Last year at Easter, a friend of mine showed me brown, marbleized-looking, peeled, hard-boiled eggs. I had never seen anything like it. Turns out the eggs had been dyed, through an interesting process, in black tea. Tea eggs are very popular in China where they use not only tea in the recipe, but star anise, cinnamon and other exotic flavors. These unusual eggs are beautiful in contrast and taste.
The best part is that it’s an all-natural way of coloring Easter eggs.
Tea-dyed eggs are now becoming more popular in the United States. All sorts of delicious teas are being used to change the color and flavor of the eggs. The best part is that it’s an all-natural way of coloring Easter eggs.
SerendipiTea in Manhasset showcases hundreds of teas from around the world, including many blends they make themselves. They recently posted a cool article on their Facebook page from The Daily Tea, which talks about tea-dyed Easter eggs and gives several recipes.
Who would have known that sencha green tea will give you a bright-yellow egg, or that a blue egg could be created by mixing black cherry tea and crushed blueberries? For orange, try a combination of rooibis tea and turmeric. My favorite color Easter egg—pink—can be made from black cherry tea and beet juice.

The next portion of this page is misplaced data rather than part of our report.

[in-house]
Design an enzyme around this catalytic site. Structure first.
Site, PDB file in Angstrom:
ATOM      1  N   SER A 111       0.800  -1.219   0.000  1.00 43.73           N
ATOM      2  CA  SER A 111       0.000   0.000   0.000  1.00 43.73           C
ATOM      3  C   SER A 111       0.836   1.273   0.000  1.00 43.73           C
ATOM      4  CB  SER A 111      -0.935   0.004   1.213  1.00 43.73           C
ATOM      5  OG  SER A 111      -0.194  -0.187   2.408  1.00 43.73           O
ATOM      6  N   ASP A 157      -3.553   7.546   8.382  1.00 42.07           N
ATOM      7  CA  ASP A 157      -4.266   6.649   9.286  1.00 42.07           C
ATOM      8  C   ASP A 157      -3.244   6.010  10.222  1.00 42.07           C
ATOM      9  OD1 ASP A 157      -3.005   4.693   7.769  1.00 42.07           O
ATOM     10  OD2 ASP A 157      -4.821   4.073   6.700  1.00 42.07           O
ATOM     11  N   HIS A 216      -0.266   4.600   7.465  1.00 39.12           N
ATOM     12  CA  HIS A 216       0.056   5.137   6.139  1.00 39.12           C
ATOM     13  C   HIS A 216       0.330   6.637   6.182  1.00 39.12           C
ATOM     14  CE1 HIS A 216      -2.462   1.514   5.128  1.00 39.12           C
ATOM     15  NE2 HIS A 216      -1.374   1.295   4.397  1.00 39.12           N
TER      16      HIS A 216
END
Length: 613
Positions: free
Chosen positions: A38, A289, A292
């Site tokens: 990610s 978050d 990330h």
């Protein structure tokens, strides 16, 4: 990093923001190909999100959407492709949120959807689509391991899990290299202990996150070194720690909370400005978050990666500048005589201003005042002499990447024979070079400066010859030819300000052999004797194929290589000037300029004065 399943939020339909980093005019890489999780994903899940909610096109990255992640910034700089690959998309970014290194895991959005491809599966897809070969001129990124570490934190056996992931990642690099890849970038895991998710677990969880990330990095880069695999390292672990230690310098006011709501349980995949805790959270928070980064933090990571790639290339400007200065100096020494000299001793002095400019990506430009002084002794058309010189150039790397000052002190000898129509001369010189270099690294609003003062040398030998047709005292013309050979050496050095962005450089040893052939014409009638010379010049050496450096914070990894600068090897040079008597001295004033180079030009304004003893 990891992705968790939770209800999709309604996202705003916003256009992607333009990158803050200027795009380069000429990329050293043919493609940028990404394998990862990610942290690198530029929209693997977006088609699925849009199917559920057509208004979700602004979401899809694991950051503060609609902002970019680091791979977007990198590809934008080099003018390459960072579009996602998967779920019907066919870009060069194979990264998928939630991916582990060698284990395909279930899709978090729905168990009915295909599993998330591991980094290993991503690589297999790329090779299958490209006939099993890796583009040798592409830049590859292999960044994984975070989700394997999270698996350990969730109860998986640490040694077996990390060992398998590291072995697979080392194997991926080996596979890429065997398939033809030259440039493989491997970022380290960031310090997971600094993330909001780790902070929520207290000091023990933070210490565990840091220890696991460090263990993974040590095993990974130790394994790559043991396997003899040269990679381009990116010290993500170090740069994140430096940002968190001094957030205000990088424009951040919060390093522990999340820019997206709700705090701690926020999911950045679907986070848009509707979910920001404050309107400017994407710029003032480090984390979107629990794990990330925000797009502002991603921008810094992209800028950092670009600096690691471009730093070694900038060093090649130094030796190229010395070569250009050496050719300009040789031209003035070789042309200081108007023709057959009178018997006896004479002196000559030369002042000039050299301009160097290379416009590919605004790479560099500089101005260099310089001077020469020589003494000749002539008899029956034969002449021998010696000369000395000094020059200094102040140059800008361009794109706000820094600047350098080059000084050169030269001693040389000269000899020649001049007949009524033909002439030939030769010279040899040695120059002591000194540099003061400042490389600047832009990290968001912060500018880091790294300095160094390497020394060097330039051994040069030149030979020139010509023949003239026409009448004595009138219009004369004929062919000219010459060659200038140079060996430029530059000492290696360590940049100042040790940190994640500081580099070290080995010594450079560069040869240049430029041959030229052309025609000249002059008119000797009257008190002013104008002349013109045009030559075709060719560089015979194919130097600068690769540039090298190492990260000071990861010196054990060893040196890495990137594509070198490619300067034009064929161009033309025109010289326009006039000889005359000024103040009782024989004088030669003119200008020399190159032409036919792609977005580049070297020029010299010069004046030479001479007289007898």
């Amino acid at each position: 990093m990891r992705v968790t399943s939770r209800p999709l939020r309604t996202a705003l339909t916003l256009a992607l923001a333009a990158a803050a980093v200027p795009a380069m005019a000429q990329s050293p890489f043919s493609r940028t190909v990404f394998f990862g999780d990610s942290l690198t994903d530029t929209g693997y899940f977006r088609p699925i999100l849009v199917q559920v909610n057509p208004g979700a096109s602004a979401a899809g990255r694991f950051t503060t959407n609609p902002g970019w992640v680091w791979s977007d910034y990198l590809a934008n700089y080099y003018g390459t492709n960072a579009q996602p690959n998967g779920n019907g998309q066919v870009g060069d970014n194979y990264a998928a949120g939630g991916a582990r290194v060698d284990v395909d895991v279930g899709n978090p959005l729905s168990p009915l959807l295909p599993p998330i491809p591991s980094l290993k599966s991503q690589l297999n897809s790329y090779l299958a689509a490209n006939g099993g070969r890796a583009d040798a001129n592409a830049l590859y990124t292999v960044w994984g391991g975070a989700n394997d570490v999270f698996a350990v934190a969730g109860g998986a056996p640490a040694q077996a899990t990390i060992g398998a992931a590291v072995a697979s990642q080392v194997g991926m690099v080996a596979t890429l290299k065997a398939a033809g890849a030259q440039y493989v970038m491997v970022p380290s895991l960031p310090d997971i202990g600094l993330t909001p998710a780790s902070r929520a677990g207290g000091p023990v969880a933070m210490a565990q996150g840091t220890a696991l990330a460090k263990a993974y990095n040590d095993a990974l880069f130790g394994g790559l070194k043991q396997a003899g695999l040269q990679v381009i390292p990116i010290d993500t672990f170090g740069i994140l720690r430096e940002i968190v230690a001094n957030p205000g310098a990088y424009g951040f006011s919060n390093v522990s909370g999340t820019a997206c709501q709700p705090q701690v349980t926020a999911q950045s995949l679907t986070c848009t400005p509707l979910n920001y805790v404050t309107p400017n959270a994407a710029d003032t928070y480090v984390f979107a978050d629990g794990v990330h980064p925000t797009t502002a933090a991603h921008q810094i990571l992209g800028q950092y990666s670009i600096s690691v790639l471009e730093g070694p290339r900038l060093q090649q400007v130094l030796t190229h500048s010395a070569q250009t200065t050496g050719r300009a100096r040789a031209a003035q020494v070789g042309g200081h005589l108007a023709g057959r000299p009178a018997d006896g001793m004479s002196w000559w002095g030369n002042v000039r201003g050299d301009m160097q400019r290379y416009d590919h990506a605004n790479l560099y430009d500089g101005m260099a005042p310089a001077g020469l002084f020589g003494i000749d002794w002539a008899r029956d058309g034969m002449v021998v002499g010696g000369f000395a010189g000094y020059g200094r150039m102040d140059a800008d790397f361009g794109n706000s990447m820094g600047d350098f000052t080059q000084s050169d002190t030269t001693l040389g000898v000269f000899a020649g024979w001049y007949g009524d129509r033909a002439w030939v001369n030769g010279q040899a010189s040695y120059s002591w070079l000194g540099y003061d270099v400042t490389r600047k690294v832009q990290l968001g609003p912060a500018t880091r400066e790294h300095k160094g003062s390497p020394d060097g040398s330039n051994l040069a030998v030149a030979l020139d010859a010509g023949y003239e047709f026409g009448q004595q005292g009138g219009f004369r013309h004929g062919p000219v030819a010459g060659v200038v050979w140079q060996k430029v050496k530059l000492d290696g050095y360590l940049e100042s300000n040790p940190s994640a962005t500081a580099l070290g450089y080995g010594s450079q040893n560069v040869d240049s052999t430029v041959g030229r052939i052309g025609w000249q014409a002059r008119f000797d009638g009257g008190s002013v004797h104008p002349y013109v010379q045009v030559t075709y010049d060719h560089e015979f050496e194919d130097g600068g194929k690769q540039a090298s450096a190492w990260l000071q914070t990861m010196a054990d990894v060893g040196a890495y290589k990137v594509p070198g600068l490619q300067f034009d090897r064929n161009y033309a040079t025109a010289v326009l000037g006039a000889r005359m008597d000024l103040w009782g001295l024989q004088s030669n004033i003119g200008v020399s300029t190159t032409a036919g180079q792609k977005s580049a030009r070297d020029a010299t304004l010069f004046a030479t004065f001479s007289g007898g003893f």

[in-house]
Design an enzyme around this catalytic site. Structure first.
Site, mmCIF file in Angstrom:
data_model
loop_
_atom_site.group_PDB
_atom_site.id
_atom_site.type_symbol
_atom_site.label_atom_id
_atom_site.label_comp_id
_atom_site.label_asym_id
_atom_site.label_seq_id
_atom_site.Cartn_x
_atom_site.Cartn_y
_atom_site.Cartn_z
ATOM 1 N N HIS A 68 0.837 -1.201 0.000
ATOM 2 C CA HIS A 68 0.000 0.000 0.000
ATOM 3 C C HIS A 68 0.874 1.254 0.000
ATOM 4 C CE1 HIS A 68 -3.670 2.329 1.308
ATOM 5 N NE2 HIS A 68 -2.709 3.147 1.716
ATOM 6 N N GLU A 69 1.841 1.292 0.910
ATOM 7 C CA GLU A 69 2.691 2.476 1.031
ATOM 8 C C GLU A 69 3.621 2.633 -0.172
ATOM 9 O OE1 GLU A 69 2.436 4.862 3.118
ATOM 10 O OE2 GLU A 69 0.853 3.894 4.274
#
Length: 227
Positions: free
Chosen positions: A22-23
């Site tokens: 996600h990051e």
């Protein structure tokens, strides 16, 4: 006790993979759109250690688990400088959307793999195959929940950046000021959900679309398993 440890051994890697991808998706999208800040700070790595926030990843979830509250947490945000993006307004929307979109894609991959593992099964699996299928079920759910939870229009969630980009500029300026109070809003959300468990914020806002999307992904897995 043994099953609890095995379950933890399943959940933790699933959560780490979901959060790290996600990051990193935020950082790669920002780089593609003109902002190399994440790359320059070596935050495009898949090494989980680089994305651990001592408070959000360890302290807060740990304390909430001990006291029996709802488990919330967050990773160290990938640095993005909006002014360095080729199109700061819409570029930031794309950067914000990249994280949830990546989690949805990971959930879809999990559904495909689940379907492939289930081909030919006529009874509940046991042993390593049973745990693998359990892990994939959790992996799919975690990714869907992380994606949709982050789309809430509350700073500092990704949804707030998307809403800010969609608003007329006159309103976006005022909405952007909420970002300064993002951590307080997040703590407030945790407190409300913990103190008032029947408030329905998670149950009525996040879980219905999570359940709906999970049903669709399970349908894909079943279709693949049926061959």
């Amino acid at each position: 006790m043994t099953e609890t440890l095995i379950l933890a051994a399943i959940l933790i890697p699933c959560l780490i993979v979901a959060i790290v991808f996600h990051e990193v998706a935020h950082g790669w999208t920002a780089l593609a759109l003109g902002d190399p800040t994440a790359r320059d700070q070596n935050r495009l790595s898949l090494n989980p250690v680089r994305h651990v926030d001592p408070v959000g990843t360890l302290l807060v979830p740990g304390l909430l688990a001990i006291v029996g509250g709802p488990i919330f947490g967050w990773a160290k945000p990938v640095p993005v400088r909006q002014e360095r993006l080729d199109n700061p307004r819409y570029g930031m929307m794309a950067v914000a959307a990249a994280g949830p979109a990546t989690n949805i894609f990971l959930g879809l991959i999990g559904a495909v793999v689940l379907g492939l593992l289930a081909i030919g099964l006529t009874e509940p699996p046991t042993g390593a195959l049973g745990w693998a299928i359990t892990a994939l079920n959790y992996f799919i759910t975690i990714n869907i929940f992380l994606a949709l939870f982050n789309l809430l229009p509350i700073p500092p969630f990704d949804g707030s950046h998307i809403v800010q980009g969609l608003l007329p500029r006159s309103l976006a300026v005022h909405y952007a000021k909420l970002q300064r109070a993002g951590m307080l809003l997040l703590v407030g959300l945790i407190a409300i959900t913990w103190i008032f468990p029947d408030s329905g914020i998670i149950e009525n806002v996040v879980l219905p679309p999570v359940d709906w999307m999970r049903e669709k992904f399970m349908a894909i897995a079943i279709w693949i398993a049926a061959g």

Be careful with hibiscus tea. Oddly enough, it will turn your egg gray. Avoid herbal teas; they can change the taste of the egg.
Here is the recipe from my friend. It is for the traditional Chinese tea egg, which calls for black tea leaves and will give your egg a brown, marbleized color. Have fun and enjoy!
1 dozen medium or large eggs
½ cup black tea leaves
2 pieces stick cinnamon
4-6 pieces star anise
3 tablespoons soy sauce
1 tablespoon salt
½ tablespoon sugar
Cover eggs with cold water and bring to a boil slowly so shells do not break. When the water starts to boil, reduce heat to simmer and cook 15 minutes. Let eggs cool, then using a large spoon, crack the shell carefully all over. Do not peel. Place cracked eggs in a pot and add water to cover. Add all other ingredients and bring to a boil. Partially cover and cook for 2½ hours or longer on low heat. Drain, cool and leave at room temperature or refrigerate. When ready to serve, peel and cut into 6 wedges lengthwise.